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Your Environment. Your Health.

NC Fish Forum Brings Partners Together to Improve Fish Consumption Advisories

Breakout Group

Breakout groups discussed suggestions to improve the fish consumption advisory process.
(Photo courtesy of the Duke SRP Center)

On March 21, the Duke University Superfund Research Program (SRP) Center convened stakeholders from across North Carolina in Raleigh to discuss fish consumption advisories and how to improve the process to best protect public health. NC Fish Forum attendees focused on known risks like mercury, as well as emerging contaminants such as per- and polyfluorinated compounds.

Participants included members of state and local environmental, public health, and wildlife management agencies, as well as sport fishermen and riverkeepers. At the start of the half-day meeting, North Carolina Department of Health and Human Services officials walked through the current fish consumption advisory process. Next, the attendees shared thoughts about how the process might be improved. Suggestions included simpler messaging and more engagement with subsistence fish consumers.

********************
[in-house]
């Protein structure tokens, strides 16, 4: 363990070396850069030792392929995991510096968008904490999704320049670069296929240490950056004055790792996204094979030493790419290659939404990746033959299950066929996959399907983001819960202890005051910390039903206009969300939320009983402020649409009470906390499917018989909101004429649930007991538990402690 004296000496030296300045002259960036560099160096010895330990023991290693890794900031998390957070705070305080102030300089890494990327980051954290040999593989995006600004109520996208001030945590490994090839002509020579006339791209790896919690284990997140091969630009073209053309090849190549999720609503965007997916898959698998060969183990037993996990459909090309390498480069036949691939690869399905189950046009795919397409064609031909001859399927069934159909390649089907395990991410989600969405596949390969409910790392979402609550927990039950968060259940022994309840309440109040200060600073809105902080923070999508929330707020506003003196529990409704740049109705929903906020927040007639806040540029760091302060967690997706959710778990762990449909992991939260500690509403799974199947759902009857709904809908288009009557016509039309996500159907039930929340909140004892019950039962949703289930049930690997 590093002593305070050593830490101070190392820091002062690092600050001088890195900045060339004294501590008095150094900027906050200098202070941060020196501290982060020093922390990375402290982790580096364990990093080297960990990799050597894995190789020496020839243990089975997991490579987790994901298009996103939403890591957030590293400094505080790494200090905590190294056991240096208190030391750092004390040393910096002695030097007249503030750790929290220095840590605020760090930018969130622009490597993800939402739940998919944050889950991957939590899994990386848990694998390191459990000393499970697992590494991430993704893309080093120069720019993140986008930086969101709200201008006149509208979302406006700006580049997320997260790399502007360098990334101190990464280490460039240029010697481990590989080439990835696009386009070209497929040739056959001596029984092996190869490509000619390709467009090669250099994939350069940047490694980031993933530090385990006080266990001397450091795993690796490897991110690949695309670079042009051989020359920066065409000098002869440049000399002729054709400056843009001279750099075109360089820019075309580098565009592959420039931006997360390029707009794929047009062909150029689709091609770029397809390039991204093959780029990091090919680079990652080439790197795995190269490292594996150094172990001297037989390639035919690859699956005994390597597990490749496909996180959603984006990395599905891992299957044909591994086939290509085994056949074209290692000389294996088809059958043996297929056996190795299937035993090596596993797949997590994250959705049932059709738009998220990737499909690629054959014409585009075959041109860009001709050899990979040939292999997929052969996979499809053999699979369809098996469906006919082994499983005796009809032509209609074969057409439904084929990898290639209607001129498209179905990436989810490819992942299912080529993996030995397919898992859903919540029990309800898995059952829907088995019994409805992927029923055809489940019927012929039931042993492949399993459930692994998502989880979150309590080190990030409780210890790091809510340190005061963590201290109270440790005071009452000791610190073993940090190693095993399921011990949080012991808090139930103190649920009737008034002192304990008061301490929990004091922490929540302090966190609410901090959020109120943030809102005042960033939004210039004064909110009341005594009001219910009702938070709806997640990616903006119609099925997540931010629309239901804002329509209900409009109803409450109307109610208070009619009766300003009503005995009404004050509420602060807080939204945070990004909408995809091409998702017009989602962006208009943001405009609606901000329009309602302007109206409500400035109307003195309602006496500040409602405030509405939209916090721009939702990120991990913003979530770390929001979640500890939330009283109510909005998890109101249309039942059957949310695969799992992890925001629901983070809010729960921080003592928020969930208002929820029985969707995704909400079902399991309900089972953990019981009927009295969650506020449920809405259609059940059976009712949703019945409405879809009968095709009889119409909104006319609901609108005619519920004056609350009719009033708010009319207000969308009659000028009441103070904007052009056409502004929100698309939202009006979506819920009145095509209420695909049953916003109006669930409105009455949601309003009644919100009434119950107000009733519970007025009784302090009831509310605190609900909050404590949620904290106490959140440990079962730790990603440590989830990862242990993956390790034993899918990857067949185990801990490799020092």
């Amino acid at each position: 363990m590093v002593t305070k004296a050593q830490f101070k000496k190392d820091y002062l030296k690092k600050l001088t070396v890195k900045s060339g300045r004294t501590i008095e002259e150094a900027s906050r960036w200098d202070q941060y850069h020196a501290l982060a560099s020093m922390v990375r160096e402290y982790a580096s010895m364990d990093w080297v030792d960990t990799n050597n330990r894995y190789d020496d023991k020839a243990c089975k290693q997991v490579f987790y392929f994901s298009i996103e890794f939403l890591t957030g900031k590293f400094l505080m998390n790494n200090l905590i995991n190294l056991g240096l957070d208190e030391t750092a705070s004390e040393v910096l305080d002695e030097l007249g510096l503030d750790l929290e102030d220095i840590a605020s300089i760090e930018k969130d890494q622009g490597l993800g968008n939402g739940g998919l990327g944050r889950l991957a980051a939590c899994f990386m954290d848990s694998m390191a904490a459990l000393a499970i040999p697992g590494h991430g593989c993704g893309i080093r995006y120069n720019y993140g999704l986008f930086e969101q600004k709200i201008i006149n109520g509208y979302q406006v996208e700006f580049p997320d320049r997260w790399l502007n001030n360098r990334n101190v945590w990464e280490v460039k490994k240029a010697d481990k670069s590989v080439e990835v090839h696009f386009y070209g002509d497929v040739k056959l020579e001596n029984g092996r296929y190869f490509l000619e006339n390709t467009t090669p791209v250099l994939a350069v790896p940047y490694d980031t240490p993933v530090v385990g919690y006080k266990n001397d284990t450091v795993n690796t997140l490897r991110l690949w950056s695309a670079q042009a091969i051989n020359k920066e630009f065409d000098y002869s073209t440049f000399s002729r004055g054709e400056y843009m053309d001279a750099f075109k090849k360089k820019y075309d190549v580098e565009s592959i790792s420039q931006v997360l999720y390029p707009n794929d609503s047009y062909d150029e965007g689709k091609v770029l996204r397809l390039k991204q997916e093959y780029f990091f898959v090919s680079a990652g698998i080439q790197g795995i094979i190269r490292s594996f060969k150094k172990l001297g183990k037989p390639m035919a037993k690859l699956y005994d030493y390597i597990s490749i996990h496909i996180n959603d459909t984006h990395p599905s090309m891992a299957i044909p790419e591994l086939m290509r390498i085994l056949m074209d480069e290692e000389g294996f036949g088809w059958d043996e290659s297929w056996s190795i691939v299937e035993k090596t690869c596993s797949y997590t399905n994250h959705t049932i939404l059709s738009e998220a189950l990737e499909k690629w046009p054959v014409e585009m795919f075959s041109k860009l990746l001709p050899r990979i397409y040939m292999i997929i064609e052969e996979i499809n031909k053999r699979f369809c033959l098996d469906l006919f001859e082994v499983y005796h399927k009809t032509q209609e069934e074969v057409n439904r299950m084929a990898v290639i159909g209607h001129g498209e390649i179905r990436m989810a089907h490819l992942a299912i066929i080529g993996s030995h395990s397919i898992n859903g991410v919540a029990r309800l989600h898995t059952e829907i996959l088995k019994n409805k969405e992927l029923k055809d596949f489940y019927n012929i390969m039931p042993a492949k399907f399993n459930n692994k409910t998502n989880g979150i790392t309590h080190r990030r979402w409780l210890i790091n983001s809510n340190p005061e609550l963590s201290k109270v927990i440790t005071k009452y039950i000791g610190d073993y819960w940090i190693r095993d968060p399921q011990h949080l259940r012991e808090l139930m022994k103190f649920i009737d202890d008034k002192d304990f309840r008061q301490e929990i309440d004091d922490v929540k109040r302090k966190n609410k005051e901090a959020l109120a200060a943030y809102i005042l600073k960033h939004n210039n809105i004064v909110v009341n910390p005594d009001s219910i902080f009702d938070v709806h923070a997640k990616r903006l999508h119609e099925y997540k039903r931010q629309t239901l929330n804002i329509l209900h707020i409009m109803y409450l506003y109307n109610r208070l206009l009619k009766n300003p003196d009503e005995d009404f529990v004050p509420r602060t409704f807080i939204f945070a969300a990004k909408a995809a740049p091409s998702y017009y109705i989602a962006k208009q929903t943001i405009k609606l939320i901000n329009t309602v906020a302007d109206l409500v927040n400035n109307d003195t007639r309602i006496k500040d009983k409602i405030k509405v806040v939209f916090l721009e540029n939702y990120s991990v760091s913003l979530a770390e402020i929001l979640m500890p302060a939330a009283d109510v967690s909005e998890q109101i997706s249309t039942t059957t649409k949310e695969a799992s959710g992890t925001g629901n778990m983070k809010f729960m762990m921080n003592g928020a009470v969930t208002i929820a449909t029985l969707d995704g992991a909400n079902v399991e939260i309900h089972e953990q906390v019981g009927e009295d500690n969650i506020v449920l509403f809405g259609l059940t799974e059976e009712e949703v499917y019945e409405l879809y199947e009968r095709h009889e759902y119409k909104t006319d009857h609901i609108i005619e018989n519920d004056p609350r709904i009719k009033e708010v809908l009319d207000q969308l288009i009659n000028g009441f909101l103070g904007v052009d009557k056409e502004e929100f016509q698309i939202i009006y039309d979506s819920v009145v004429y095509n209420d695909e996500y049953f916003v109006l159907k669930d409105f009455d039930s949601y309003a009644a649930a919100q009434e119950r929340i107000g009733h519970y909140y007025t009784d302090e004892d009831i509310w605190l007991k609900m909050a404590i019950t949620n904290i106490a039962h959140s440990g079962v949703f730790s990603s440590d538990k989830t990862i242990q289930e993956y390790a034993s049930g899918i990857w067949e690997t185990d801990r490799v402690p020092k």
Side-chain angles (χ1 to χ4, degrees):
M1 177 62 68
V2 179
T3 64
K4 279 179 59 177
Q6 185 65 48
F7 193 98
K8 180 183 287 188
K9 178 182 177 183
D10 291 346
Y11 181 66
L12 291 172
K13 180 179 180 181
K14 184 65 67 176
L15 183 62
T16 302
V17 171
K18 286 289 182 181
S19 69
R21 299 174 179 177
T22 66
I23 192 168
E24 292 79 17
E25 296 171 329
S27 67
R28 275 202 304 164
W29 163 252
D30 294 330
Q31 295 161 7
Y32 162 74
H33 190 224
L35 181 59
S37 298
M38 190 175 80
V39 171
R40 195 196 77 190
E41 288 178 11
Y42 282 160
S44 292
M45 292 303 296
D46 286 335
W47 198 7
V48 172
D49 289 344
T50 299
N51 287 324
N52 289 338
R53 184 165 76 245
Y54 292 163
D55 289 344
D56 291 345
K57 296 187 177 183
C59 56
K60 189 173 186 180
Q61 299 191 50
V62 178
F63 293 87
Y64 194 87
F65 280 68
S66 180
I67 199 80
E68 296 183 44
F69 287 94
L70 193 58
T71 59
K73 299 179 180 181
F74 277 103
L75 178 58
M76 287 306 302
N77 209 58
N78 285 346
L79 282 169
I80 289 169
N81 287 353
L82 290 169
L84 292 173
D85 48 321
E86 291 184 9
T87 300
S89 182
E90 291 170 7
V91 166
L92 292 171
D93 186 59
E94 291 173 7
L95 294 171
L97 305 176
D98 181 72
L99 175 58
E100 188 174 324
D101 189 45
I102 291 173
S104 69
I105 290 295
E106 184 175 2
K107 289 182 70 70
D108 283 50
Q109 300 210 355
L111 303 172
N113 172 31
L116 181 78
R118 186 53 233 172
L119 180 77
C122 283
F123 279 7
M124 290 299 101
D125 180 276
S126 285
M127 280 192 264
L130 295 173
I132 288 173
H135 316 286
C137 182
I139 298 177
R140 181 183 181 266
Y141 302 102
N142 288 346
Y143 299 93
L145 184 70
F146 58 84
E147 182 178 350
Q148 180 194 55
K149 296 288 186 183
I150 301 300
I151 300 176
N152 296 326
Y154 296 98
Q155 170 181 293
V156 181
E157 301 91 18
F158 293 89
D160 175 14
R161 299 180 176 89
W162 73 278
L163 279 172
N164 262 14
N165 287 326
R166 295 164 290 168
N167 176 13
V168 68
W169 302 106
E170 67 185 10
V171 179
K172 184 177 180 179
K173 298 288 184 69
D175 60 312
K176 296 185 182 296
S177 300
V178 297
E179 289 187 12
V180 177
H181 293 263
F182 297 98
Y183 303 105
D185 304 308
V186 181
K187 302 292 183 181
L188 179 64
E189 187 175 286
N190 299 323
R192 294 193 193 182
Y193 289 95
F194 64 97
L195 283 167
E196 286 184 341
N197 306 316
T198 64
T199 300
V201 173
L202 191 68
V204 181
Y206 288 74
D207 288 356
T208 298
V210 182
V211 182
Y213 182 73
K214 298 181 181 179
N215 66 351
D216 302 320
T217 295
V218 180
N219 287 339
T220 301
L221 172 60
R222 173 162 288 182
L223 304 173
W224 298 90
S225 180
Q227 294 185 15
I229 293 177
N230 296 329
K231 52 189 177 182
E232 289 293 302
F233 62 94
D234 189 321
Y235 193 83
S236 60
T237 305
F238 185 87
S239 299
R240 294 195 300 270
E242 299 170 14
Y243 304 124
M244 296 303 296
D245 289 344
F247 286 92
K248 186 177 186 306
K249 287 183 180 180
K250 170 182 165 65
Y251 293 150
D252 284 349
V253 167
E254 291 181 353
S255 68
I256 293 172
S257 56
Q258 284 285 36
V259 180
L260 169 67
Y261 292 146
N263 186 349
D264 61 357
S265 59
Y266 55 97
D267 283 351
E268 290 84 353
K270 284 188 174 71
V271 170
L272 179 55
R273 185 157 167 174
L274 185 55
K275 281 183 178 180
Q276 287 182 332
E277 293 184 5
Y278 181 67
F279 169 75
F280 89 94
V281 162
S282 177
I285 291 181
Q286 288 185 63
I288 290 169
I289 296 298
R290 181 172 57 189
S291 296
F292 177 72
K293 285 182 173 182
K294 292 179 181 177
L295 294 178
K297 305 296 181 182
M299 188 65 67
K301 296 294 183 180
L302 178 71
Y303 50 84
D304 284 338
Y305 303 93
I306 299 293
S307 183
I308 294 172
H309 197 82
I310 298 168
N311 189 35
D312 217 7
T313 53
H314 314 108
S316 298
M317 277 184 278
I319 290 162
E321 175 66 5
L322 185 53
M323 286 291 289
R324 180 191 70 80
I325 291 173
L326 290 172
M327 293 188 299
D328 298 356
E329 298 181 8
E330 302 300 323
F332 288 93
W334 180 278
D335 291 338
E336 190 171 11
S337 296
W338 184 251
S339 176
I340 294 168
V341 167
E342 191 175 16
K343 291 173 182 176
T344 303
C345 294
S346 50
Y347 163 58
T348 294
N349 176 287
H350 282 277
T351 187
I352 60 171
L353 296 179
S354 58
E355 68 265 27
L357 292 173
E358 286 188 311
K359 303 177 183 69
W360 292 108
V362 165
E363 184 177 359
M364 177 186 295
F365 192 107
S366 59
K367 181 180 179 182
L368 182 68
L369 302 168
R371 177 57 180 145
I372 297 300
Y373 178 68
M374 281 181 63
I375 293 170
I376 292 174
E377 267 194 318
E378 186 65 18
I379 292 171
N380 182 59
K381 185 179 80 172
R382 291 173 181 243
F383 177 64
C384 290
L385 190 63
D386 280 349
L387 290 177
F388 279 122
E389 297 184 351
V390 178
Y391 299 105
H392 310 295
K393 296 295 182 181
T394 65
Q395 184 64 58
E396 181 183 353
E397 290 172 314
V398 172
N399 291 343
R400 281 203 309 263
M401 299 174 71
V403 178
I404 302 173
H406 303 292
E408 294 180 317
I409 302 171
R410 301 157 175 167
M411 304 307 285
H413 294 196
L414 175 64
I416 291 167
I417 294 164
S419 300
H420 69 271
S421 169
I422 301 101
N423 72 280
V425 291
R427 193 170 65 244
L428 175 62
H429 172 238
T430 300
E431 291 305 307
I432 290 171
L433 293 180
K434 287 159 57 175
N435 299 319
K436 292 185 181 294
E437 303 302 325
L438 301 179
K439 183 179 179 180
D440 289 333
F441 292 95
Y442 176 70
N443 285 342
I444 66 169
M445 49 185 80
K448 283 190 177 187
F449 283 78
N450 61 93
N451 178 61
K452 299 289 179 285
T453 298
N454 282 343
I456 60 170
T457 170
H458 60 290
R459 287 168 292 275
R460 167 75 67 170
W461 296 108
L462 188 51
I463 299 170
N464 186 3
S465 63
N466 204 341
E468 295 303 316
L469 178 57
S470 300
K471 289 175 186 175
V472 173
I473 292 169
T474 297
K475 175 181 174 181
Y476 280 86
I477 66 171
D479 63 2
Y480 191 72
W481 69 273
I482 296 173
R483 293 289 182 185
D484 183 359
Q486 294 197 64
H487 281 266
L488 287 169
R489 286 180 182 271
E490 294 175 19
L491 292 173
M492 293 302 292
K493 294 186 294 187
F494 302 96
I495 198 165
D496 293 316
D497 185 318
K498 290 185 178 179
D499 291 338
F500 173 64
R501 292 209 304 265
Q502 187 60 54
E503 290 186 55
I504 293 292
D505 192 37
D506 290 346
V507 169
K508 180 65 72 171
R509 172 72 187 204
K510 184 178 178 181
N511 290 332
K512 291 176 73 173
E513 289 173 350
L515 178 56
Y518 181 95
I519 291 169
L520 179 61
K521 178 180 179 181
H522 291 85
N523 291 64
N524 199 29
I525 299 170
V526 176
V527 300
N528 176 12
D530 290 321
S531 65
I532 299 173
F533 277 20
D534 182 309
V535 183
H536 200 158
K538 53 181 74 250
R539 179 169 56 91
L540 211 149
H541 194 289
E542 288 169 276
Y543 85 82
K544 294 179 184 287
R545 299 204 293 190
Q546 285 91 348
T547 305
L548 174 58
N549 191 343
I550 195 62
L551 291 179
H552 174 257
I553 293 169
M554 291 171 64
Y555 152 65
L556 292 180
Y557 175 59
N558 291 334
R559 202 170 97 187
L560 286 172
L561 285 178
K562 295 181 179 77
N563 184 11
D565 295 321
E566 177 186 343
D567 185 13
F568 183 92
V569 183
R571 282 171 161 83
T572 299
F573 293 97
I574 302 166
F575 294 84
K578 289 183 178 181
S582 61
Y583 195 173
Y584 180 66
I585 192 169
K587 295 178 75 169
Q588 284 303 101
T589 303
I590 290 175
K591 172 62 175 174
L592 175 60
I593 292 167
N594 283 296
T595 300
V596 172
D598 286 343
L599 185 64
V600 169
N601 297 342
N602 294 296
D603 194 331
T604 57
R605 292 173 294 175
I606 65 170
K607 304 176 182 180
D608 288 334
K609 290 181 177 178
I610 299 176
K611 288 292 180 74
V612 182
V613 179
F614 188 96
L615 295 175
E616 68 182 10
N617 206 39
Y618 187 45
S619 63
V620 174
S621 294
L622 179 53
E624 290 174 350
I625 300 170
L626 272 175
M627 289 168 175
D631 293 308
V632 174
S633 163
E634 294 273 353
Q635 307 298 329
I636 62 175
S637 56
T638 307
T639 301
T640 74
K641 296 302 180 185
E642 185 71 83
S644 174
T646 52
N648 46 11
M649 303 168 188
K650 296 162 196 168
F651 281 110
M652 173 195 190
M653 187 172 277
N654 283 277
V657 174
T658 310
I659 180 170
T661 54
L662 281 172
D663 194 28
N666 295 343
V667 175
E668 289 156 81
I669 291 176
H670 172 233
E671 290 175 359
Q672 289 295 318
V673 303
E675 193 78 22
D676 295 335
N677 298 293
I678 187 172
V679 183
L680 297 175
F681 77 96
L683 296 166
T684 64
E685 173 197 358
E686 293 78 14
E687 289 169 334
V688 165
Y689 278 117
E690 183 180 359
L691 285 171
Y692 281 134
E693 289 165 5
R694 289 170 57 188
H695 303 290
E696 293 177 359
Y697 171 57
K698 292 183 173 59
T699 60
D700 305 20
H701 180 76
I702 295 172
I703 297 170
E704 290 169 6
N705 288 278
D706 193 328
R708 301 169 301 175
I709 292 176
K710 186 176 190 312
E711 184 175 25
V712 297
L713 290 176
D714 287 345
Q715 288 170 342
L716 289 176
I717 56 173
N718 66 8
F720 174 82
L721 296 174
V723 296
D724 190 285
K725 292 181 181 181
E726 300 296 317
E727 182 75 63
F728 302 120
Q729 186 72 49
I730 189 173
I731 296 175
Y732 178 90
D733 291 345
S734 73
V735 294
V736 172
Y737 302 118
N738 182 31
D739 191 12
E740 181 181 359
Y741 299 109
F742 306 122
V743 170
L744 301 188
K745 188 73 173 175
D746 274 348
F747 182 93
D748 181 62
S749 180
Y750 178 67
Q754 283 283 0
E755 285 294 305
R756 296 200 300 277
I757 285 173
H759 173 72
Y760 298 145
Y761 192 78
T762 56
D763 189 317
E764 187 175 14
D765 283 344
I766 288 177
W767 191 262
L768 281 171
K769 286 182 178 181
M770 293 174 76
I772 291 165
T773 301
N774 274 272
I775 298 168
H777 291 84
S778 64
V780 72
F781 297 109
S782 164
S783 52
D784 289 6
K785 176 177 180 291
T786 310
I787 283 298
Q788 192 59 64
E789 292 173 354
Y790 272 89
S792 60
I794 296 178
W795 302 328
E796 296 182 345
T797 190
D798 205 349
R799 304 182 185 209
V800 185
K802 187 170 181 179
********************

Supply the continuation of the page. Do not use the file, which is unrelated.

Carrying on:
Participants discussed ways to improve communication between government agencies and the public and how to create more effective fish consumption advisory signs. Following the full group discussion, attendees divided into breakout groups to delve into the identified challenges. Attendees were asked to focus on what an ideal fish consumption advisory process might look like and concrete actions that could help bring them closer to that ideal. At the end of the day, attendees reflected on goals and future challenges and discussed how to turn these conversations into meaningful action.

NC Fish Forum Whiteboard
Mike Schlegel, visual notetaker and founder of the Whiteboard Academy, helped facilitate the forum and worked throughout the day to capture a visual summary of the key points and discussions, shown here. Schlegel also has a background in watershed science, so he offered a uniquely informed perspective on the issue. (Image courtesy of the Duke SRP Center)

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